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History: clar


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[[File:Mission San Diego de Alcalá – church.jpg|thumb|right|[[Mission San Diego de Alcalá]], founded in 1769 by [[Junípero Serra|St. Junípero Serra]]]]
[[File:Mission San Diego de Alcalá – church.jpg|thumb|right|[[Mission San Diego de Alcalá]], founded in 1769 by [[Junípero Serra|St. Junípero Serra]]]]
The permanent [[European colonization of the Americas|European colonization]] of California and of San Diego began in 1769 with the arrival of four contingents of Spaniards from New Spain and the Baja California peninsula. Two seaborne parties reached San Diego Bay: the ”San Carlos”, under Vicente Vila and including as notable members the engineer and cartographer [[Miguel Costansó]] and the soldier and future governor [[Pedro Fages]], and the ”San Antonio”, under [[Juan José Pérez Hernández|Juan Pérez]]. An initial overland expedition to San Diego from the south was led by the soldier [[Fernando Rivera y Moncada|Fernando Rivera]] and included the [[Franciscan]] missionary, explorer, and chronicler [[Juan Crespí]], followed by a second party led by the designated governor [[Gaspar de Portolà]] and including the mission president (and now saint) [[Junípero Serra]].<ref>Pourade, Richard F. 1960. ”The History of San Diego: The Explorers”. Union-Tribune Publishing Company, San Diego.</ref>
The permanent [[European colonization of the Americas|European colonization]] of both California and San Diego began in 1769 with the arrival of four contingents of Spaniards from New Spain and the Baja California peninsula. Two seaborne parties reached San Diego Bay: the ”San Carlos”, under Vicente Vila and including as notable members the engineer and cartographer [[Miguel Costansó]] and the soldier and future governor [[Pedro Fages]], and the ”San Antonio”, under [[Juan José Pérez Hernández|Juan Pérez]]. An initial overland expedition to San Diego from the south was led by the soldier [[Fernando Rivera y Moncada|Fernando Rivera]] and included the [[Franciscan]] missionary, explorer, and chronicler [[Juan Crespí]], followed by a second party led by the designated governor [[Gaspar de Portolà]] and including the mission president (and now saint) [[Junípero Serra]].<ref>Pourade, Richard F. 1960. ”The History of San Diego: The Explorers”. Union-Tribune Publishing Company, San Diego.</ref>
In May 1769, Portolà established the Fort [[Presidio of San Diego]] on a hill near the [[San Diego River]] above the Kumeyaay village of Cosoy,<ref name=”:1″ /> which would later become incorporated into the Spanish settlement,<ref name=”:2″ /> making it the first settlement by Europeans in what is now the state of California. In July of the same year, [[Mission San Diego de Alcalá]] was founded by Franciscan friars under Serra.<ref>{{cite journal|last=Ide|first=Arthur Frederick|date=Fall 1976|title=San Diego: The Saint and the City|journal=Journal of San Diego History|volume=22|issue=4|url=https://www.sandiegohistory.org/journal/76fall/saint.htm}}</ref><ref>{{cite web |url=http://www.sandiegohistory.org/timeline/timeline1.htm |title=San Diego Historical Society:Timeline of San Diego history |publisher=Sandiegohistory.org |access-date=May 4, 2011 |archive-date=December 24, 2015 |archive-url=https://web.archive.org/web/20151224204925/https://www.sandiegohistory.org/timeline/timeline1.htm |url-status=dead }}</ref> The mission became a site for a Kumeyaay revolt in 1775, which forced the mission to relocate {{Convert | 6 | mi | 0 | spell = in}} up the San Diego River.<ref>{{Cite web|last=Carrico|first=Richard|title=Sociopolitical Aspects of the 1775 Revolt at Mission San Diego de Alcala|url=https://sandiegohistory.org/journal/1997/july/missionrevolt/|access-date=2020-08-27|website=San Diego History Center {{!}} San Diego, CA {{!}} Our City, Our Story|language=en-US}}</ref> By 1797, the mission boasted the largest native population in Alta California, with over 1,400 neophytes living in and around the mission proper.<ref>{{cite web |url=http://www.missionscalifornia.com/keyfacts/san-diego-de-alcala.html |title=Keyfacts |publisher=missionscalifornia.com |access-date=July 1, 2010 |archive-url=https://web.archive.org/web/20100610233845/http://www.missionscalifornia.com/keyfacts/san-diego-de-alcala.html |archive-date=June 10, 2010 |url-status=dead }}</ref> Mission San Diego was the southern anchor in [[Alta California]] of the historic mission trail [[El Camino Real (California)|El Camino Real]]. Both the Presidio and the Mission are [[National Register of Historic Places listings in San Diego County, California|National Historic Landmarks]].<ref>{{cite web|url=http://www.missionsandiego.com/ |title=Mission San Diego |publisher=Mission San Diego |access-date=July 1, 2010}}</ref><ref>{{cite web|url=http://tps.cr.nps.gov/nhl/detail.cfm?ResourceID=130&resourceType=Site |title=National Park Service, National Historical Landmarks Program: San Diego Presidio |publisher=Tps.cr.nps.gov |date=October 10, 1960 |access-date=May 4, 2011 |url-status=dead |archive-url=https://web.archive.org/web/20110721183215/http://tps.cr.nps.gov/nhl/detail.cfm?ResourceID=130&resourceType=Site |archive-date=July 21, 2011 }}</ref>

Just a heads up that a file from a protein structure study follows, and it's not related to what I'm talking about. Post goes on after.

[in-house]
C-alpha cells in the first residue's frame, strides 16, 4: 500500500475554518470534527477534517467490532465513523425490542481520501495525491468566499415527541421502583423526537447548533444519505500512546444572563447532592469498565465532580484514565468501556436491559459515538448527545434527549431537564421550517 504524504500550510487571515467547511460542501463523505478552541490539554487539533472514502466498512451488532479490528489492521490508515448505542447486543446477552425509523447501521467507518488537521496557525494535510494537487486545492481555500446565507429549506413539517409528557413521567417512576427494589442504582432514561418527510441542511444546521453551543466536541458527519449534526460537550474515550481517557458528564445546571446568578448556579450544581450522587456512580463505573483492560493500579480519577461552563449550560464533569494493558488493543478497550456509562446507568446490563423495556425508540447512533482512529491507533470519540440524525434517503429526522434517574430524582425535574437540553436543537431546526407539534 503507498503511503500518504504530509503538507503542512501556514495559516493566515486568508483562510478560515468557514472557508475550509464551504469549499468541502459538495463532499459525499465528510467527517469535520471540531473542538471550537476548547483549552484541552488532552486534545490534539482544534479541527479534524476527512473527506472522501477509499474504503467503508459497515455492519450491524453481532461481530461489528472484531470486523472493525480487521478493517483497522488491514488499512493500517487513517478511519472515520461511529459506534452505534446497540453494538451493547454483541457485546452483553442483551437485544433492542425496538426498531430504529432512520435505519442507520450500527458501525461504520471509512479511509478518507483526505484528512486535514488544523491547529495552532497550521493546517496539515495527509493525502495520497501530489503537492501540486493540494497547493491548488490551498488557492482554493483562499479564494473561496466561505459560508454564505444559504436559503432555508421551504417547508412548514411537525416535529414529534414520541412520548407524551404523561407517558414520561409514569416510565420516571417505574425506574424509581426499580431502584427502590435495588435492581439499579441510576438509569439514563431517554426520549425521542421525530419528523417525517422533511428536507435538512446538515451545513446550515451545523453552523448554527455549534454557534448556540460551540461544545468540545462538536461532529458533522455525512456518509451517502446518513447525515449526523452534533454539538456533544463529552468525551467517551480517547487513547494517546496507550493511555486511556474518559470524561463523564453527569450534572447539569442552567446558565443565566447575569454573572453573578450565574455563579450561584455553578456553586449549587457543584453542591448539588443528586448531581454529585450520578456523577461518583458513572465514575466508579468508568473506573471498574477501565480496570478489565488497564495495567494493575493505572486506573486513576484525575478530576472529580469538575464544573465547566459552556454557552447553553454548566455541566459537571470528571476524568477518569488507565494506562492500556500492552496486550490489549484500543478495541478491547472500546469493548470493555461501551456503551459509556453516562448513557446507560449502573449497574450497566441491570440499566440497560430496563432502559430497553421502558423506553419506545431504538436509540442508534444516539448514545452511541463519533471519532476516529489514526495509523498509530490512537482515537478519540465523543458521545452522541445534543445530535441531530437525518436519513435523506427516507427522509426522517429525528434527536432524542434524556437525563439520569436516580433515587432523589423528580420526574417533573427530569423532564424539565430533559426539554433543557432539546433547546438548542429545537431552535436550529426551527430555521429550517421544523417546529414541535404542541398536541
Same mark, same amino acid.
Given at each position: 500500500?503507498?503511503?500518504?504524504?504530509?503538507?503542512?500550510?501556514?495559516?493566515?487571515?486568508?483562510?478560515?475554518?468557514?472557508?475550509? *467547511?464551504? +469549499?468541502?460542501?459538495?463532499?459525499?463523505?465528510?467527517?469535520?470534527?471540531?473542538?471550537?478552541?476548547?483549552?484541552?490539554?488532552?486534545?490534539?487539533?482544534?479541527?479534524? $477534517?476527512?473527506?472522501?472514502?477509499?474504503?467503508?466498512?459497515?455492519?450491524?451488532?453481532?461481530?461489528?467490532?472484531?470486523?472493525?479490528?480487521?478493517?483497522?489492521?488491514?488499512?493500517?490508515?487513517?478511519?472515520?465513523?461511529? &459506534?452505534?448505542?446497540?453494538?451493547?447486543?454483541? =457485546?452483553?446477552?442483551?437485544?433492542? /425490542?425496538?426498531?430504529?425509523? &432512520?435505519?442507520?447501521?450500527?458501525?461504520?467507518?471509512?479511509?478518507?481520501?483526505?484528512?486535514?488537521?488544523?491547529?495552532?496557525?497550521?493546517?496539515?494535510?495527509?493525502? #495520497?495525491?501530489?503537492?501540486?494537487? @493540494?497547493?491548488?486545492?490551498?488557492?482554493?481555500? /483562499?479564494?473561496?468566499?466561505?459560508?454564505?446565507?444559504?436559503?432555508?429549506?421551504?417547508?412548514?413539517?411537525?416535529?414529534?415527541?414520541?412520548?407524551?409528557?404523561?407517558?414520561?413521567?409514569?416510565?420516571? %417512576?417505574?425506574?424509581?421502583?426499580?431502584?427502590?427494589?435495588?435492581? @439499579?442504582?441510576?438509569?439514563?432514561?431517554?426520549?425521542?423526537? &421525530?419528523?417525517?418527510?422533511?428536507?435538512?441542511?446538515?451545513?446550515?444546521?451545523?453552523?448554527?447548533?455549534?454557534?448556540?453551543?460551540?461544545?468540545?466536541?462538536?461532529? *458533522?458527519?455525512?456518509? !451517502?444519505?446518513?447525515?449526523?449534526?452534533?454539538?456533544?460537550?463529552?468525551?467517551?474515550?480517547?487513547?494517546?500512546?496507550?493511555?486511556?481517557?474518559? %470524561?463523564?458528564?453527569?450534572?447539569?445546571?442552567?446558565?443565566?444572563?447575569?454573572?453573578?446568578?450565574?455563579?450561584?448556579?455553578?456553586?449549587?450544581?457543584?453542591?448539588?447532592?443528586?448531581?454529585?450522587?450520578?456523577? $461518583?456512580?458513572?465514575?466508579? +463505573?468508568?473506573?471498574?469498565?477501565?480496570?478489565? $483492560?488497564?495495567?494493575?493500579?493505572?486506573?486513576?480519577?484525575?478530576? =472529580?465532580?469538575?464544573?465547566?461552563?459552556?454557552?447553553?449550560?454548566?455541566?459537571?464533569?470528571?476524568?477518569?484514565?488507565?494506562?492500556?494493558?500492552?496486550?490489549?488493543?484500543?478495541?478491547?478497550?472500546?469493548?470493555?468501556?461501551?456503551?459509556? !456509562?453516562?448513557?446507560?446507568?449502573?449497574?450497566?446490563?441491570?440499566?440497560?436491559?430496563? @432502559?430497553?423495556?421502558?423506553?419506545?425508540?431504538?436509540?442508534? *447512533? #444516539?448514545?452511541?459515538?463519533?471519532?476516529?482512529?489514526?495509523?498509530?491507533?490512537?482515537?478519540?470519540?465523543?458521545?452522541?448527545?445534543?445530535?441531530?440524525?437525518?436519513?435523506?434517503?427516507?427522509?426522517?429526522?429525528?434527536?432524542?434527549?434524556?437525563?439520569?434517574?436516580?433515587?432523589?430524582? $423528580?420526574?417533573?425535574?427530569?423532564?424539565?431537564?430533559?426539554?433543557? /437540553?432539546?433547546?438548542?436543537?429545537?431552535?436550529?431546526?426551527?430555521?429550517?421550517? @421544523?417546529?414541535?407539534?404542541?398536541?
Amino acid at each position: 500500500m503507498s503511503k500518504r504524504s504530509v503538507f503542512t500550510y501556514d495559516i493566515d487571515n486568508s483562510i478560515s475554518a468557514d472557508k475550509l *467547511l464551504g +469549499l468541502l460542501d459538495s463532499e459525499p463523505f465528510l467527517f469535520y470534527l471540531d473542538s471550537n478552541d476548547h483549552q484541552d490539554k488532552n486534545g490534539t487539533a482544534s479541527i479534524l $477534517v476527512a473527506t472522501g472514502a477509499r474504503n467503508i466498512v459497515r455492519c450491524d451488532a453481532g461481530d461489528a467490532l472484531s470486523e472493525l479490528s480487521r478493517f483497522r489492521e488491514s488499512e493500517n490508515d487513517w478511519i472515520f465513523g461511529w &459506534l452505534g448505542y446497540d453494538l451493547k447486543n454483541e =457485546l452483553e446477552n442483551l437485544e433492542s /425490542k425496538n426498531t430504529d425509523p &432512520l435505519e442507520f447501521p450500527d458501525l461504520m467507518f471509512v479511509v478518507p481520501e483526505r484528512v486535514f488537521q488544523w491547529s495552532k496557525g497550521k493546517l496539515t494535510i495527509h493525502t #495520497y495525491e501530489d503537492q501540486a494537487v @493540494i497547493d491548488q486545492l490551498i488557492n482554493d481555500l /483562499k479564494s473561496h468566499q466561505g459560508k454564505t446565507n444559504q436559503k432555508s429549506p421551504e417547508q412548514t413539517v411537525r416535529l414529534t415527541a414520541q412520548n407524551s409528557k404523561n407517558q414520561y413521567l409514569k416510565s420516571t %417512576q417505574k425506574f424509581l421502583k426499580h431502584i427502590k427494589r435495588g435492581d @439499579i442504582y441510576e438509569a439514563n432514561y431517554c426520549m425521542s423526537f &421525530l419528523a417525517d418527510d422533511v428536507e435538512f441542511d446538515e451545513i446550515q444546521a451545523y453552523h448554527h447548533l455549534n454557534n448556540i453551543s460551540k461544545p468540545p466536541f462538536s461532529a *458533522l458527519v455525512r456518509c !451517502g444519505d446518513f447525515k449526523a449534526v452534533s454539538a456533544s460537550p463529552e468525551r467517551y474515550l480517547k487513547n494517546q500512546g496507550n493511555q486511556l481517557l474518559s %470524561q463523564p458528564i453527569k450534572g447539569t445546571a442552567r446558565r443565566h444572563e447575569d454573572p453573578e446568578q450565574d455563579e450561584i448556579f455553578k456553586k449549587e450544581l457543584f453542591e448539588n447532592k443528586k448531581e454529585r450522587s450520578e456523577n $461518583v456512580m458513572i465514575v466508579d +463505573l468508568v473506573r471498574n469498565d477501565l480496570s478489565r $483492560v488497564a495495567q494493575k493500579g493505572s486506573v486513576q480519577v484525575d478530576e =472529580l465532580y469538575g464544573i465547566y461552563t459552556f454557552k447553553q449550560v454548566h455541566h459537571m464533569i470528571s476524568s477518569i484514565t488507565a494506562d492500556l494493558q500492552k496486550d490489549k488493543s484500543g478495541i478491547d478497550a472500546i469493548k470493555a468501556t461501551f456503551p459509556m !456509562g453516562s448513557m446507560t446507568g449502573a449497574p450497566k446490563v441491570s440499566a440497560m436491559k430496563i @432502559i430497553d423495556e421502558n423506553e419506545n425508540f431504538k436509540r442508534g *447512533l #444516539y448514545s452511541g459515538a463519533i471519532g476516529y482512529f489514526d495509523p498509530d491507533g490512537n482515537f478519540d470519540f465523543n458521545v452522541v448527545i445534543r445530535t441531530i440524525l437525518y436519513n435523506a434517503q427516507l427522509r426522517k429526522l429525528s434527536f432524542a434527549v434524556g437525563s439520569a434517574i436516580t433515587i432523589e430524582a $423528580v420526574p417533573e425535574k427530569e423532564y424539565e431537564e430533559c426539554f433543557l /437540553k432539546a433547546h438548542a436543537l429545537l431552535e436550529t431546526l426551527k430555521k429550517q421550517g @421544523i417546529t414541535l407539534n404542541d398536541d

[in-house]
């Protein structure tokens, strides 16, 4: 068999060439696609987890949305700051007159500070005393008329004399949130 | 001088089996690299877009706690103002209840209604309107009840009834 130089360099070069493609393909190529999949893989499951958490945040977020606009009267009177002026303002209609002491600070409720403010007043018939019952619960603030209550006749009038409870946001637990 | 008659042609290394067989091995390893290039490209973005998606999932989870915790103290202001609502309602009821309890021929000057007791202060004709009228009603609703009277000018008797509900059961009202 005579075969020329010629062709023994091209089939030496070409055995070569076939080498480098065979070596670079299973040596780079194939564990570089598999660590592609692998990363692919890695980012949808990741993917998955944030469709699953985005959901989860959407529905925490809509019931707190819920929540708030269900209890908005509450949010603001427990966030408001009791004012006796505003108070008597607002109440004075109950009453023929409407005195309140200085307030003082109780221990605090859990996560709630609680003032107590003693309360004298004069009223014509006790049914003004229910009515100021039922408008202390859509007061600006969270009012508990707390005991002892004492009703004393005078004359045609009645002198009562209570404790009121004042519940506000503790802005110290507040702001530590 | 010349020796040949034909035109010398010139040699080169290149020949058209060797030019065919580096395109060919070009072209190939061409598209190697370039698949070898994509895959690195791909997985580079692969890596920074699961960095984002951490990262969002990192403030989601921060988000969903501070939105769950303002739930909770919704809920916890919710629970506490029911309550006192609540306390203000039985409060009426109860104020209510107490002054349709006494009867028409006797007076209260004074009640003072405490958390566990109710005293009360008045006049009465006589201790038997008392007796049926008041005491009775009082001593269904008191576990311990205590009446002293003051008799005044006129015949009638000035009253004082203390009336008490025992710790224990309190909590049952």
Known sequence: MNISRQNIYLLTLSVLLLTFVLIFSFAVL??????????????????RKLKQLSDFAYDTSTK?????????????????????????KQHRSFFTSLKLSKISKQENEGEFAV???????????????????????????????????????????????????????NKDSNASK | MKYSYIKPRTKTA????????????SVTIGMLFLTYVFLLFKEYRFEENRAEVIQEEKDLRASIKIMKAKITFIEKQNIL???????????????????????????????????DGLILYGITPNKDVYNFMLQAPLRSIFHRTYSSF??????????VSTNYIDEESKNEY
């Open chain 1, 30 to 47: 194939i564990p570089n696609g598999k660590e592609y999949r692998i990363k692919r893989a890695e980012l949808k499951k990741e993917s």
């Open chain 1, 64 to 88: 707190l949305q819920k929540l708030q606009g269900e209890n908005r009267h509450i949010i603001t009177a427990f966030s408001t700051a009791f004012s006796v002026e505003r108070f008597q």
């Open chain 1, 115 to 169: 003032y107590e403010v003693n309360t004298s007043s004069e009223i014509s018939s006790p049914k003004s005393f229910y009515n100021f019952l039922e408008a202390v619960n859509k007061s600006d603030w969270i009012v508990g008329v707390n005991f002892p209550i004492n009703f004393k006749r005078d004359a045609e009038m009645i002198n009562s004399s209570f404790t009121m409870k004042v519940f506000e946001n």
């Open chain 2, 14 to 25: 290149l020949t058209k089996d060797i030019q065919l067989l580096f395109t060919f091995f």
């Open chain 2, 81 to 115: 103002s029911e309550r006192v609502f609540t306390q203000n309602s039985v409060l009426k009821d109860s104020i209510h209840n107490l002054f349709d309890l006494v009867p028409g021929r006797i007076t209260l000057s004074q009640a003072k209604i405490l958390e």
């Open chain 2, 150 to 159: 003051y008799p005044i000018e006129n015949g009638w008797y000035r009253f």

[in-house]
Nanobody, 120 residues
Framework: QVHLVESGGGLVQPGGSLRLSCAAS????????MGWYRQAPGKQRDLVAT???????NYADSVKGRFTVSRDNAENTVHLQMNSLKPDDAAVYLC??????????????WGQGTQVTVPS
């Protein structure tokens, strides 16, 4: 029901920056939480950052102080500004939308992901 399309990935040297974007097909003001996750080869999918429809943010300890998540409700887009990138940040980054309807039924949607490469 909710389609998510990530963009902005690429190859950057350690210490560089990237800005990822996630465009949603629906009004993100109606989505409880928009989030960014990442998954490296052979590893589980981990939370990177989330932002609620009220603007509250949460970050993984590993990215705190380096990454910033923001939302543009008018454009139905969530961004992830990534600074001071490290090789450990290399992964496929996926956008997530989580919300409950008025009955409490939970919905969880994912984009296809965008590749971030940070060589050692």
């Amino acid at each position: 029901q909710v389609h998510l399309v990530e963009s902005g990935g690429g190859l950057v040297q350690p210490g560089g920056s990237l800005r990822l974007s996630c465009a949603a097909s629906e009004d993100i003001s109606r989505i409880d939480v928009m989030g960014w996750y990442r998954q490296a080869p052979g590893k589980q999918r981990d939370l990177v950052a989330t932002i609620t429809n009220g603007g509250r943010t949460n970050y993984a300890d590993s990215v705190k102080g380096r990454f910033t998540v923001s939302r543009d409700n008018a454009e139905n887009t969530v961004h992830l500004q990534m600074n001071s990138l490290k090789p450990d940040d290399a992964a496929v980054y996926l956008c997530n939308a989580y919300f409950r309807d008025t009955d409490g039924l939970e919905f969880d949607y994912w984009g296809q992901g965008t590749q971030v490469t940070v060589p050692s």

In May 1769, Portolà established the Fort [[Presidio of San Diego]] on a hill near the [[San Diego River]] above the Kumeyaay village of Cosoy,<ref name=”:1″ /> which would later become incorporated into the Spanish settlement,<ref name=”:2″ /> making it the first settlement by Europeans in what is now the state of California. In July of the same year, [[Mission San Diego de Alcalá]] was founded by Franciscan friars under Serra.<ref>{{cite journal|last=Ide|first=Arthur Frederick|date=Fall 1976|title=San Diego: The Saint and the City|journal=Journal of San Diego History|volume=22|issue=4|url=https://www.sandiegohistory.org/journal/76fall/saint.htm}}</ref><ref>{{cite web |url=http://www.sandiegohistory.org/timeline/timeline1.htm |title=San Diego Historical Society:Timeline of San Diego history |publisher=Sandiegohistory.org |access-date=May 4, 2011 |archive-date=December 24, 2015 |archive-url=https://web.archive.org/web/20151224204925/https://www.sandiegohistory.org/timeline/timeline1.htm |url-status=dead }}</ref> The mission became a site for a Kumeyaay revolt in 1775, which forced the mission to relocate {{Convert | 6 | mi | 0 | spell = in}} up the San Diego River.<ref>{{Cite web|last=Carrico|first=Richard|title=Sociopolitical Aspects of the 1775 Revolt at Mission San Diego de Alcala|url=https://sandiegohistory.org/journal/1997/july/missionrevolt/|access-date=2020-08-27|website=San Diego History Center {{!}} San Diego, CA {{!}} Our City, Our Story|language=en-US}}</ref> By 1797, the mission boasted the largest native population in Alta California, with over 1,400 neophytes living in and around the mission proper.<ref>{{cite web |url=http://www.missionscalifornia.com/keyfacts/san-diego-de-alcala.html |title=Keyfacts |publisher=missionscalifornia.com |access-date=July 1, 2010 |archive-url=https://web.archive.org/web/20100610233845/http://www.missionscalifornia.com/keyfacts/san-diego-de-alcala.html |archive-date=June 10, 2010 |url-status=dead }}</ref> Mission San Diego was the southern anchor in [[Alta California]] of the historic mission trail [[El Camino Real (California)|El Camino Real]]. Both the Presidio and the Mission are [[National Register of Historic Places listings in San Diego County, California|National Historic Landmarks]].<ref>{{cite web|url=http://www.missionsandiego.com/ |title=Mission San Diego |publisher=Mission San Diego |access-date=July 1, 2010}}</ref><ref>{{cite web|url=http://tps.cr.nps.gov/nhl/detail.cfm?ResourceID=130&resourceType=Site |title=National Park Service, National Historical Landmarks Program: San Diego Presidio |publisher=Tps.cr.nps.gov |date=October 10, 1960 |access-date=May 4, 2011 |url-status=dead |archive-url=https://web.archive.org/web/20110721183215/http://tps.cr.nps.gov/nhl/detail.cfm?ResourceID=130&resourceType=Site |archive-date=July 21, 2011 }}</ref>